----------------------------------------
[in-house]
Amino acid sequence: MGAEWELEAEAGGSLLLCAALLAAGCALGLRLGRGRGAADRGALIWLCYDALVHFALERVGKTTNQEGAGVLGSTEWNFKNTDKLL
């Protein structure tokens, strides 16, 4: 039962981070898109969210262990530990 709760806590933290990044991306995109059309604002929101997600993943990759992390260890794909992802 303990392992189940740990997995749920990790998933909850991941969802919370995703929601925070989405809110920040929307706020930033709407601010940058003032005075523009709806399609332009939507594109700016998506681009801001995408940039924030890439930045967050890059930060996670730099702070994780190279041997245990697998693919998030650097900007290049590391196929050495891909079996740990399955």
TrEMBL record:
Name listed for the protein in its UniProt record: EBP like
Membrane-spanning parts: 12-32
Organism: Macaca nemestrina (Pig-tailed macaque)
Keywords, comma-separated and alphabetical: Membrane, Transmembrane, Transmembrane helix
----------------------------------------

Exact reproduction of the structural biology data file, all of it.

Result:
[in-house]
Amino acid sequence: MGAEWELEAEAGGSLLLCAALLAAGCALGLRLGRGRGAADRGALIWLCYDALVHFALERVGKTTNQEGAGVLGSTEWNFKNTDKLL
């Protein structure tokens, strides 16, 4: 039962981070898109969210262990530990 709760806590933290990044991306995109059309604002929101997600993943990759992390260890794909992802 303990392992189940740990997995749920990790998933909850991941969802919370995703929601925070989405809110920040929307706020930033709407601010940058003032005075523009709806399609332009939507594109700016998506681009801001995408940039924030890439930045967050890059930060996670730099702070994780190279041997245990697998693919998030650097900007290049590391196929050495891909079996740990399955």
TrEMBL record:
Name listed for the protein in its UniProt record: EBP like
Membrane-spanning parts: 12-32
Organism: Macaca nemestrina (Pig-tailed macaque)
Keywords, comma-separated and alphabetical: Membrane, Transmembrane, Transmembrane helix